ModulusTech is both a developer and supplier working to completely disrupt and revolutionise Pakistan’s housing sector. Before operationalisation, it engaged in extensive research and development on climate-smart homes and materials to ensure that its product offerings were suitable for Pakistan’s climate-related vulnerability and sensitive to the needs of target consumers.
ModulusTech uses unique construction technologies that have not previously been utilised in low-income housing in Pakistan. Their offerings include affordable, prefabricated/flat-pack carbon-neutral housing, as well as tiny houses/backyard homes and climate-friendly tourist chalets targeted at higher-income households. Its flat-packed homes can be erected in one to three days, are relocatable, fire and earthquake safe, conform with international building codes, and are fully autonomous and self-sustaining due to the incorporation of solar systems. They are easy to extend due to their adherence to modular design principles, and most significantly of all, are either carbon neutral or incorporate significant savings (up to 95%) across energy and water consumption and embodied carbon.
All ModulusTech homes aim to be energy efficient by incorporating both passive and active design techniques. Unique construction materials are used rather than the traditional clay brick and mortar home, and the roofs and exterior walls of each home are painted white to reflect light and heat. All windows are north-facing, all structures are air-tight, and large overhangs are placed over each window to deflect glare from the sun. In terms of active design techniques, homes are constructed without labour- or resource-intensive materials, are highly insulated, and are offered to end-users with solar systems that are incorporated into the sale price.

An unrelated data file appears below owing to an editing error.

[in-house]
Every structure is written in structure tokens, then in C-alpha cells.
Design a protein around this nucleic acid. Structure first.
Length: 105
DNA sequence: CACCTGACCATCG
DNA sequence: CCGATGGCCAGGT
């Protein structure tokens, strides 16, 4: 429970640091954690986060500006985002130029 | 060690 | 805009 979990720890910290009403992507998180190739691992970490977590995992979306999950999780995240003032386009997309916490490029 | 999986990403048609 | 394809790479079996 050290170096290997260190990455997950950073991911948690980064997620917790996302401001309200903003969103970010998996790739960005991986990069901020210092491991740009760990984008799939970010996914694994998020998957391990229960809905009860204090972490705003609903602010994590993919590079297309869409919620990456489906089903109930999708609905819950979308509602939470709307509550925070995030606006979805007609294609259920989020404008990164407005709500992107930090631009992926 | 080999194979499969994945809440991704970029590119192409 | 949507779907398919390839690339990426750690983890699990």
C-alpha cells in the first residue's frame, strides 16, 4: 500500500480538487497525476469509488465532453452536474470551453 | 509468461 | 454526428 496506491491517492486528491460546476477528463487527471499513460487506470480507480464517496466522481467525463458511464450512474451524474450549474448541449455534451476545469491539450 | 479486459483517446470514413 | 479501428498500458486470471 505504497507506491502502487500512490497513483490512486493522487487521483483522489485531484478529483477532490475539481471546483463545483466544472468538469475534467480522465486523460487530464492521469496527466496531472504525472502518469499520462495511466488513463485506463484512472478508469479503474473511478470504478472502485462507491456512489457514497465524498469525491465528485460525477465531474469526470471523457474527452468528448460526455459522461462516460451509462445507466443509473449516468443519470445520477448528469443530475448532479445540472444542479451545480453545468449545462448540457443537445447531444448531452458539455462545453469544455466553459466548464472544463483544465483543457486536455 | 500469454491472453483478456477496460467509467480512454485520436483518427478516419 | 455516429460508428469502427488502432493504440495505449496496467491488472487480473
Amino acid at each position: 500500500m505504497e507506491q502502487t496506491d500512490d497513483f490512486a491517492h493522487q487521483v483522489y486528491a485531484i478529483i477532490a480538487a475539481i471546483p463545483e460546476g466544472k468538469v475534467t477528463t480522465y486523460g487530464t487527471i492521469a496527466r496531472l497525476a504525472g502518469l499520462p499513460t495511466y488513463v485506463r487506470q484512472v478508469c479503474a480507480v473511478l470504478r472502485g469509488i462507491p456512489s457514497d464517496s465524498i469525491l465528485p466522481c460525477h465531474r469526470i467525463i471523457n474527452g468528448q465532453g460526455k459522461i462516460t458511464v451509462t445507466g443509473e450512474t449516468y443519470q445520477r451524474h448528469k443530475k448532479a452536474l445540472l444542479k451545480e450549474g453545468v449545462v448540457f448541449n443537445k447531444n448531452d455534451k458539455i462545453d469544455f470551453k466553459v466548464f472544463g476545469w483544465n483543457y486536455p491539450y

Ansaar Management Company Pakistan
AMC is a social enterprise founded in 2008. Its mission is to bring real change to Pakistan’s housing sector by making affordable, quality housing accessible to the average Pakistani.
Headquartered in Lahore, the company has housing projects across Punjab, Sindh, and KP. To date, AMC has built 1,250 housing units for lower- and middle-income families in Peshawar, Faisalabad, Kot Addu, Lahore, Multan, Kasur, Muzaffargarh, and Mirpur Khas. It works in larger cities due to the critical housing shortage in these localities, particularly of affordable housing.
While AMC’s major focus has been affordable homes, it has recently started to develop affordable, climate-smart housing. For example, AMC’s Safiya Homes project, located on Sue-e-Asal road in Lahore, has achieved Level-1 EDGE certification and is marketed as Pakistan’s first EDGE-certified housing project. Each housing unit possesses 34% energy savings, 42% water savings, and 35% less embodied energy in materials. These savings have been generated through adherence to passive design principles, as well as the utilisation of energy-saving fixtures throughout each housing unit.
Entertainment Pakistan Limited
EPL is a developer engaged in commercial, residential, and affordable housing in Pakistan. Its affordable housing project, Roshan Homes, is a vertical (apartment building) development. While the Roshan Homes project does not incorporate climate-smart innovations, it does boast lesser use of heavily embodied materials like clay bricks, concrete, and steel, as compared to the proportions in which these materials are used in higher-end developments.
EPL has been exploring climate-smart innovations for use in future projects. One cost-effective innovation that EPL is in the process of exploring is fly-ash bricks. Fly-ash bricks are highly favourable construction materials precisely because they possess a range of features that allow cost reductions. They have lesser thermal conductivity, possess more compressive strength and are less porous. As a result, using fly-ash bricks in construction could result in a building or home that is more durable and able to withstand environmental pressures, reducing spending on insulation.
If there is a scale up investment in these kinds of innovations, there is a significant opportunity to not only plug the gap in the availability of affordable housing, but also to provide homes which both mitigate and can adapt to the future impacts of climate change in Pakistan.